The primary outcomes were GC incidence and mortality. We ascertained GC incidence from scheduled gastroscopies, cancer registries, or autopsy reports, which were confirmed by reviewing medical records. Scheduled endoscopies were conducted in 1999 and 2003 for all participants and in 2005 and 2007 for those diagnosed with intestinal metaplasia or DYS, respectively, during their 2003 endoscopy. In addition, repeated endoscopies were conducted every 6 months to 1 year between 2008 and 2017 for those diagnosed with moderate or severe DYS at any biopsy site or with mild DYS at 2 or more sites in 2003.10 Information on GC death was obtained from the reporting system managed by the Chinese Center for Disease Control and Prevention, which integrates death certificates from hospitals as well as from police and judicial departments in Linqu. Active clinical follow-up has also been conducted by village physicians and staff from Peking University Cancer Hospital.10

    In addition, we examined the progression of gastric lesions (ie, progression or nonprogression) from 1995 to 2003 as a secondary outcome. This was assessed based on the 7.3-year follow-up only because histology diagnosis of gastric lesions with scheduled endoscopy was only available through 2003 for all participants. We were not able to examine progression of gastric lesions (progression vs nonprogression) through 22.3 years’ follow-up. Each participant was assigned a severity score in 1995 and 2003, with 0 indicating normal, 1 indicating superficial gastritis, 2 indicating mild chronic atrophic gastritis, 3 indicating severe chronic atrophic gastritis, 4 indicating superficial intestinal metaplasia, 5 indicating deep intestinal metaplasia, 6 indicating mild DYS, 7 indicating moderate DYS, 8 indicating severe DYS, and 9 indicating GC. If the score in 2003 was higher than that in 1995, the participant was classified as having progression of gastric lesions.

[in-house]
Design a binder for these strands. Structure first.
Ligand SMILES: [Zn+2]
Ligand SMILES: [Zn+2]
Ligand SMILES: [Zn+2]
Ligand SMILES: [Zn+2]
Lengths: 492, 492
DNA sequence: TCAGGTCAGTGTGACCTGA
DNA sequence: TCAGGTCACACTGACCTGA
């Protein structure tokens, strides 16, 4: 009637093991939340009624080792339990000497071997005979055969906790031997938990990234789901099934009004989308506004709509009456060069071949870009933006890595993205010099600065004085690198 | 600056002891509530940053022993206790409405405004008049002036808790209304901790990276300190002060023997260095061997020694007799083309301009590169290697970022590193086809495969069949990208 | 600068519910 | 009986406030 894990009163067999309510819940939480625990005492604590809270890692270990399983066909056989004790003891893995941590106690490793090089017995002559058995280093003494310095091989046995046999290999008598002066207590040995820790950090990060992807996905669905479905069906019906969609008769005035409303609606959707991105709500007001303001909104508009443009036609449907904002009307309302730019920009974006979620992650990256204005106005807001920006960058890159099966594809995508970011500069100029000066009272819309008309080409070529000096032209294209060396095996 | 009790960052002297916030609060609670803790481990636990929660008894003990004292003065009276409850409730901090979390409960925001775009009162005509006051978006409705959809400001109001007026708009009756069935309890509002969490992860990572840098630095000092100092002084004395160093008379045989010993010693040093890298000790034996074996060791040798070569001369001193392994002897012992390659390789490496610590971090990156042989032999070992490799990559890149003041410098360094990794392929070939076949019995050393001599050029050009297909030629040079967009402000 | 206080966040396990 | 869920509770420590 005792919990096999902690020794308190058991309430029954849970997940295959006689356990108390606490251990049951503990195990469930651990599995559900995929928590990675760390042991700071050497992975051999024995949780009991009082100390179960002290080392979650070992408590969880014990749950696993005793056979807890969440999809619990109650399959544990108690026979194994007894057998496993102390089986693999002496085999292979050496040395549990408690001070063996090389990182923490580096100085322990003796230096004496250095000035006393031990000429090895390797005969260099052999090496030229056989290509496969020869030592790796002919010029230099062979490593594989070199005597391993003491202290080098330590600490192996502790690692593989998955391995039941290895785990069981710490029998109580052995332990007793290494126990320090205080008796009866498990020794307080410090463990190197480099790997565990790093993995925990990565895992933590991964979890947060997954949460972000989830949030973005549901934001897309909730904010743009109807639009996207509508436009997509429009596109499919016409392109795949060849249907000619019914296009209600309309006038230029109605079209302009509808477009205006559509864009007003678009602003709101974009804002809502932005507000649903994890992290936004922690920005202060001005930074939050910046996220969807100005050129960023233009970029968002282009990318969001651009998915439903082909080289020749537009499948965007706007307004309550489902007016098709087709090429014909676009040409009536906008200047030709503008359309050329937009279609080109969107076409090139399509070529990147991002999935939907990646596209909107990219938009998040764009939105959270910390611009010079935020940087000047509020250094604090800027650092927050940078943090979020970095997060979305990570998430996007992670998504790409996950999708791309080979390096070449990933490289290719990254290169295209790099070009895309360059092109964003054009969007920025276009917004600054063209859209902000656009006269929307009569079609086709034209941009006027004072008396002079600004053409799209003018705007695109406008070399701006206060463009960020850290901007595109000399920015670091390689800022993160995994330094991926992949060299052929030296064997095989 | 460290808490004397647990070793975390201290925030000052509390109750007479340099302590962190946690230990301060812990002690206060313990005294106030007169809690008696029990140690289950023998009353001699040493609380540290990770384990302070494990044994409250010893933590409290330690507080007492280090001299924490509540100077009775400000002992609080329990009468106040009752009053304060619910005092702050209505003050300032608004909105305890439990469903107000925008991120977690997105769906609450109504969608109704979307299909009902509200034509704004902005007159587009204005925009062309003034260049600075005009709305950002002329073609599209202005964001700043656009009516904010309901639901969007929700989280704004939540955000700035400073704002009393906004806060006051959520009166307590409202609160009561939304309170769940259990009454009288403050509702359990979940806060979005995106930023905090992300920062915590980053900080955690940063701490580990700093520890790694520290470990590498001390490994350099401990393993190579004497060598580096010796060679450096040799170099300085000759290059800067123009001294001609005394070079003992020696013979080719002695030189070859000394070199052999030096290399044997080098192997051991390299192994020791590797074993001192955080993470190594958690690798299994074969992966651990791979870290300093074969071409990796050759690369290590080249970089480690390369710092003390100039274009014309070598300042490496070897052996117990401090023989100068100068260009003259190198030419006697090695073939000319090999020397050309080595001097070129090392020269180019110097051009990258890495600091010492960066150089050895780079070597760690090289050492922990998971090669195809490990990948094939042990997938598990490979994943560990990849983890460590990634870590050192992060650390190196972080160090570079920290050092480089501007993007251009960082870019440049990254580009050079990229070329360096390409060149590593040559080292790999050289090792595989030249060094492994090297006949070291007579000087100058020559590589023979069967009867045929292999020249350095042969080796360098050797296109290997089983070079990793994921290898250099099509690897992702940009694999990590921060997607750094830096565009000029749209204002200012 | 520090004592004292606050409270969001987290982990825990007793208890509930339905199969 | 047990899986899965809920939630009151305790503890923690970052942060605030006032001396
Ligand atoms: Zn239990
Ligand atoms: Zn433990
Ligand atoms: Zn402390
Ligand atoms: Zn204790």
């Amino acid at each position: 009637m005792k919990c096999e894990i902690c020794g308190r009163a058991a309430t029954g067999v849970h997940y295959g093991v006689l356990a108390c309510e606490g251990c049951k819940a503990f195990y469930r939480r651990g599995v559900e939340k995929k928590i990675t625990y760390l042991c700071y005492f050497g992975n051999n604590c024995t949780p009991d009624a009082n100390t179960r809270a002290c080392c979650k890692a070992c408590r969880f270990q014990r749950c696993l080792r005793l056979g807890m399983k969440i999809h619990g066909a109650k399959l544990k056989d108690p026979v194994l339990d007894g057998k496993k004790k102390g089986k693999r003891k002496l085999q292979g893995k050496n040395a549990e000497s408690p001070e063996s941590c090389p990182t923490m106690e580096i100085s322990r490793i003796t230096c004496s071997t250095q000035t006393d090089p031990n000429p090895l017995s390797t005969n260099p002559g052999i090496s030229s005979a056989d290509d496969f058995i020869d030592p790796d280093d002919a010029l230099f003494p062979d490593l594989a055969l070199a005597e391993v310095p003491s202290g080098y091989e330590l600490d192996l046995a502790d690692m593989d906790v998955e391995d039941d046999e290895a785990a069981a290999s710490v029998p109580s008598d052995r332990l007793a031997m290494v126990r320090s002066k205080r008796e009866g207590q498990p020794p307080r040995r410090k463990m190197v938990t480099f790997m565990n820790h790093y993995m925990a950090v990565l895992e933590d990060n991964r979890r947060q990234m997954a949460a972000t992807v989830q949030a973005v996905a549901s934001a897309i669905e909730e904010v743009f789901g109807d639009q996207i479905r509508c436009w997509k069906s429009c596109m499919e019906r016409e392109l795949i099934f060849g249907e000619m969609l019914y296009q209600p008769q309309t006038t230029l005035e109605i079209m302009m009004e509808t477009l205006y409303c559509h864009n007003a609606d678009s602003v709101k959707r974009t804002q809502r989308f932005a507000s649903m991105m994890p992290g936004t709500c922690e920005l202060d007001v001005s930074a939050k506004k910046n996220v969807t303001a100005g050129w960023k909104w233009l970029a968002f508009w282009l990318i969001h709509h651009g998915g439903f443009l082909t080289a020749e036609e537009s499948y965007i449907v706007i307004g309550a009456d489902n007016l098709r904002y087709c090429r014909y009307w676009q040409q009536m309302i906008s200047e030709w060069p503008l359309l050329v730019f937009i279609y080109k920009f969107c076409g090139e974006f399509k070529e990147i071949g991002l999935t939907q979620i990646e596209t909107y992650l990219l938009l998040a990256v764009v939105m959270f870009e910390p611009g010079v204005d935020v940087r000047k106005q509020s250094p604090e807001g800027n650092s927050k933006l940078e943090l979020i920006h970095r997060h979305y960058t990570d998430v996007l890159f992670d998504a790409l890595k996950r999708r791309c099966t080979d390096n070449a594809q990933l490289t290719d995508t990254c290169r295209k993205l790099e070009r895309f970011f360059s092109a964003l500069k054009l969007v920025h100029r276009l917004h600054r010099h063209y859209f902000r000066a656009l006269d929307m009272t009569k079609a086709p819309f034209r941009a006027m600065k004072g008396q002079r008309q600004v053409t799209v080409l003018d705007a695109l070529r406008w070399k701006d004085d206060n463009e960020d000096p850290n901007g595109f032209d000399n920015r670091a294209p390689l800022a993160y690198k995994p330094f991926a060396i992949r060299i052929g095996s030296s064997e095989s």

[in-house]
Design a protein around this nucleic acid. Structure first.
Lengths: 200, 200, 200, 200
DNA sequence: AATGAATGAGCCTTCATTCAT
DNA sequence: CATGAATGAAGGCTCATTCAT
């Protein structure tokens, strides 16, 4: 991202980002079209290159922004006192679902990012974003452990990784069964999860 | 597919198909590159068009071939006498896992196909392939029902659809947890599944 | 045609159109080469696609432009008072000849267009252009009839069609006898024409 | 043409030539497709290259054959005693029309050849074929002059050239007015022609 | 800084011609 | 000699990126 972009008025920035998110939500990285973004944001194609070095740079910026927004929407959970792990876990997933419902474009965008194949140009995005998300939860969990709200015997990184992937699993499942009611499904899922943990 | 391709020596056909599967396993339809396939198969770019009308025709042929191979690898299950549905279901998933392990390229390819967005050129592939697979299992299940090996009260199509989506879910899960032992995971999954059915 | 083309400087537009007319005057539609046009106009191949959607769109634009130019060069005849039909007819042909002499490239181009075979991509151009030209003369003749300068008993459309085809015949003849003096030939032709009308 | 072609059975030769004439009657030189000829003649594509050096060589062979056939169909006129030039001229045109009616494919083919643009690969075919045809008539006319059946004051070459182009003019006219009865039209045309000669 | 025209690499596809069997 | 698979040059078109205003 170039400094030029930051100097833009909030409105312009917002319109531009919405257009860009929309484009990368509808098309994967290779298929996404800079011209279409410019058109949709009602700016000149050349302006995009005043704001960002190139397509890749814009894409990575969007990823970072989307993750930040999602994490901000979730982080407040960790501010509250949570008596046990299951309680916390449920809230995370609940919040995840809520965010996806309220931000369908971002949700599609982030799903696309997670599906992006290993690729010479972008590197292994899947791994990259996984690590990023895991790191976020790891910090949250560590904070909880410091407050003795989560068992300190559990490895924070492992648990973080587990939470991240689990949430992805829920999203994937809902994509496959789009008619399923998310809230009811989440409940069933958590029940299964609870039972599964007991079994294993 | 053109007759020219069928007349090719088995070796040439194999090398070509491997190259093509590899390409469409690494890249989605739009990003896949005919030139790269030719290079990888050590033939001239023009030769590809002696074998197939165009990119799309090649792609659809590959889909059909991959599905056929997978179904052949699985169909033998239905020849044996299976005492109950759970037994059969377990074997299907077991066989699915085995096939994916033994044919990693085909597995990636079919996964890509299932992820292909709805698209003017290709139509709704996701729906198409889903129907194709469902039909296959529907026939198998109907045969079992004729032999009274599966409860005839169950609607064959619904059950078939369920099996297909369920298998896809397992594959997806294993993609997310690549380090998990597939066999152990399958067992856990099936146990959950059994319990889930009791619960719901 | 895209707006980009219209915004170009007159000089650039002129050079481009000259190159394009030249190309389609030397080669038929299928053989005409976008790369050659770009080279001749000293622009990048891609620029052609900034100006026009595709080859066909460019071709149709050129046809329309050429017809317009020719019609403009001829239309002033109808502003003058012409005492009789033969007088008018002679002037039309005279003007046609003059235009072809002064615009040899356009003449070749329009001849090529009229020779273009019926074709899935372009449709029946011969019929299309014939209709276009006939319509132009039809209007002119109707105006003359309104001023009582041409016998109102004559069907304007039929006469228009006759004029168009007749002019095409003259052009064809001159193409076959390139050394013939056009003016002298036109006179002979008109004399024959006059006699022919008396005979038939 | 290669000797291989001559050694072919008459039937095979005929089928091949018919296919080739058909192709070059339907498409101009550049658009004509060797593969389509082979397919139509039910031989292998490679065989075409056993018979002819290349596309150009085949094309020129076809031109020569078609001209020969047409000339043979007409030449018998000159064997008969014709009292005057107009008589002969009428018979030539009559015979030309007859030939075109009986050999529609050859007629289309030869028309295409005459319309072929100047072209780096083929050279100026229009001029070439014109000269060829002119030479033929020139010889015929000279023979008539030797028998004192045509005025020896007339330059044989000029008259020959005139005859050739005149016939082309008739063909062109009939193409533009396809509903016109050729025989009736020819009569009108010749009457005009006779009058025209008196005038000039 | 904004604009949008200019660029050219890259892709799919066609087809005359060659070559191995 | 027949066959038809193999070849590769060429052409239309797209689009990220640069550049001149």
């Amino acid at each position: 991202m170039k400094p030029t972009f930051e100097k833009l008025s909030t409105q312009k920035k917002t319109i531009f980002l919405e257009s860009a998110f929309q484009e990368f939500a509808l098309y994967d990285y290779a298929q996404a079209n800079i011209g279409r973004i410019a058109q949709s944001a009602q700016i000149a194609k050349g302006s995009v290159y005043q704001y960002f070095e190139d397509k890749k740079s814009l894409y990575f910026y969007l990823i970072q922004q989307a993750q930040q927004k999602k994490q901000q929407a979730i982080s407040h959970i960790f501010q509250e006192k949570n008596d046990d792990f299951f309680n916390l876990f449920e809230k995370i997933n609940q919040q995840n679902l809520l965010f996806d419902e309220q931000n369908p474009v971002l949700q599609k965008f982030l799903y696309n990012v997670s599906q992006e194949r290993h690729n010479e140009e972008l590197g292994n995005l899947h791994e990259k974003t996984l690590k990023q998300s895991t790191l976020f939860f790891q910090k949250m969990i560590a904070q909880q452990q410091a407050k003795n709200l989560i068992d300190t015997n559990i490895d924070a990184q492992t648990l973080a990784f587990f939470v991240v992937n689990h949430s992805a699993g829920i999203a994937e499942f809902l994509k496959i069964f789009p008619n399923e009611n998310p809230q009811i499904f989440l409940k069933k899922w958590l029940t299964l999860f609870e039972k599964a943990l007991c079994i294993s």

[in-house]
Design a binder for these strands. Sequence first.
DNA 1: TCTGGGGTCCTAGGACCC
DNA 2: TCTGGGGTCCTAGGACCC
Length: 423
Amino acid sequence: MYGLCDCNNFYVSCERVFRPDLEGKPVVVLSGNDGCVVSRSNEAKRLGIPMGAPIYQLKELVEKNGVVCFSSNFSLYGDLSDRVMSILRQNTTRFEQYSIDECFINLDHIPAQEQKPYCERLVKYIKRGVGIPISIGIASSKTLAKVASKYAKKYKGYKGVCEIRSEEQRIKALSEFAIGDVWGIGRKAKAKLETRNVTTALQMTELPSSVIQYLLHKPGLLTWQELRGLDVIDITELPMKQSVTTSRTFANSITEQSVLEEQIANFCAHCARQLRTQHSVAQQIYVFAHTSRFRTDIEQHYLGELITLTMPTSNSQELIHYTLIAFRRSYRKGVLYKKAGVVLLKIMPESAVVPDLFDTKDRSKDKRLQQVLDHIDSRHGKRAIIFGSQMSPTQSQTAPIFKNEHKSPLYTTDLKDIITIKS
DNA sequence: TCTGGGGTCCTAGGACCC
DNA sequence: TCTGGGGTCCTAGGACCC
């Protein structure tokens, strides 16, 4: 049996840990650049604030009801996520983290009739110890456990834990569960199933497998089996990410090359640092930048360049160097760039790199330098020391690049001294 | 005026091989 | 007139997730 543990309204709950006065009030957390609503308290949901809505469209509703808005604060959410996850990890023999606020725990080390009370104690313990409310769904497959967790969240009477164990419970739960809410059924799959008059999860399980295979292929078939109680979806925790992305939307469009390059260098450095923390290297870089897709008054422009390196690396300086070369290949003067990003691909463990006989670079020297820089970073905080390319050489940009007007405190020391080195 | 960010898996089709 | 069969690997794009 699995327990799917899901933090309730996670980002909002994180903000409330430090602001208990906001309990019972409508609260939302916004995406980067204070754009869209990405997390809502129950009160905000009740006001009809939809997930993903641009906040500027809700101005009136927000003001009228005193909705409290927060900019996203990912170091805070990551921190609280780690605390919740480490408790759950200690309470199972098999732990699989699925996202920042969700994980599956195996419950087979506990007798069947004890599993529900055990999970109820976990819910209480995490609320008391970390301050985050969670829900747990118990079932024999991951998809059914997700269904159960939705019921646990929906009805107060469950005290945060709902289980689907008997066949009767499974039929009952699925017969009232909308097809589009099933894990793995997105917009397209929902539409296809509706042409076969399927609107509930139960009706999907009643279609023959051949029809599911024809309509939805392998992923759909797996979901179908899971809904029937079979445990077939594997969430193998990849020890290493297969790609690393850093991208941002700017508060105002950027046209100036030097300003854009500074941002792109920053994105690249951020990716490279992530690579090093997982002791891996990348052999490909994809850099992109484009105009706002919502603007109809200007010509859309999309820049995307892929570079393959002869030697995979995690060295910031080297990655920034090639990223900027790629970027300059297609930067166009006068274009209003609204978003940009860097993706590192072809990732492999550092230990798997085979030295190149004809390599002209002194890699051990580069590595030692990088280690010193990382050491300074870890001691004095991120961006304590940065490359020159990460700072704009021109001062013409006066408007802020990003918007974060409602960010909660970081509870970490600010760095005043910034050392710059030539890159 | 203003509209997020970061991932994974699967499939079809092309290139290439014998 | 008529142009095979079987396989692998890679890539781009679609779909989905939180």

Assessment of Major Lifestyle Factors

    In 1994, all participants who were identified in the census were interviewed for baseline characteristics by trained staff. Information on lifestyle factors, including smoking, alcohol intake, and major dietary factors, was collected for all participants using a structured questionnaire. The participants were asked about their history of tobacco use and alcohol intake. Based on their answers, the dichotomous categories of smoking status (ever vs never) and alcohol consumption (ever vs never) were classified. A total of 112 participants (3.3%) had missing information on both smoking and alcohol intake.

    The questionnaire evaluated yearly consumption (in kilograms per year) of multiple food items, including grain, meat, fresh vegetables and fruits, and total vegetables and fruits. For all analyses of dietary factors, participants were dichotomized based on the median yearly intake of each item among all participants. A total of 80 participants (2.4%) had missing information on each dietary factor.

    Statistical Analysis

    For the analyses of primary outcomes, we first examined the associations of smoking, alcohol intake, and major dietary factors with the cumulative incidence and mortality of GC. The association of vitamin and garlic supplementation with GC incidence and mortality were then examined in the subgroups of these lifestyle factors. Conditional logistic regression models stratified on baseline histopathology were used to estimate the ORs and corresponding 95% CIs for the risk of GC cumulative incidence, given that many GC cases were diagnosed at scheduled gastroendoscopies. Associations with GC mortality were analyzed by Cox regression models, with HRs and 95% CIs estimated. Multivariable-adjusted regression analyses were performed with adjustment for other potential confounders, including age, sex, and baseline histology.16 History of ever using alcohol (ever vs never) and history of ever smoking (ever vs never) were also adjusted for in the models, except when they were being examined as the main exposure factor or main effect modifier because of the association with GC or its precursors based on case-control studies in Linqu.3-5 For the analyses of the association of smoking or alcohol intake with GC, we also controlled for vitamin supplementation, garlic supplementation, and H pylori treatment because these interventions were associated with decreased GC incidence and/or mortality.10

    We examined the associations of vitamin and garlic supplementation with GC incidence and mortality in subgroups by smoking, alcohol intake, and consumption of each dietary factor, dichotomized by the median yearly intake among all participants. P values for interactions were calculated by adding the interaction term between each examined lifestyle factor and the intervention in the regression models in addition to the indicators of the 2 items being analyzed.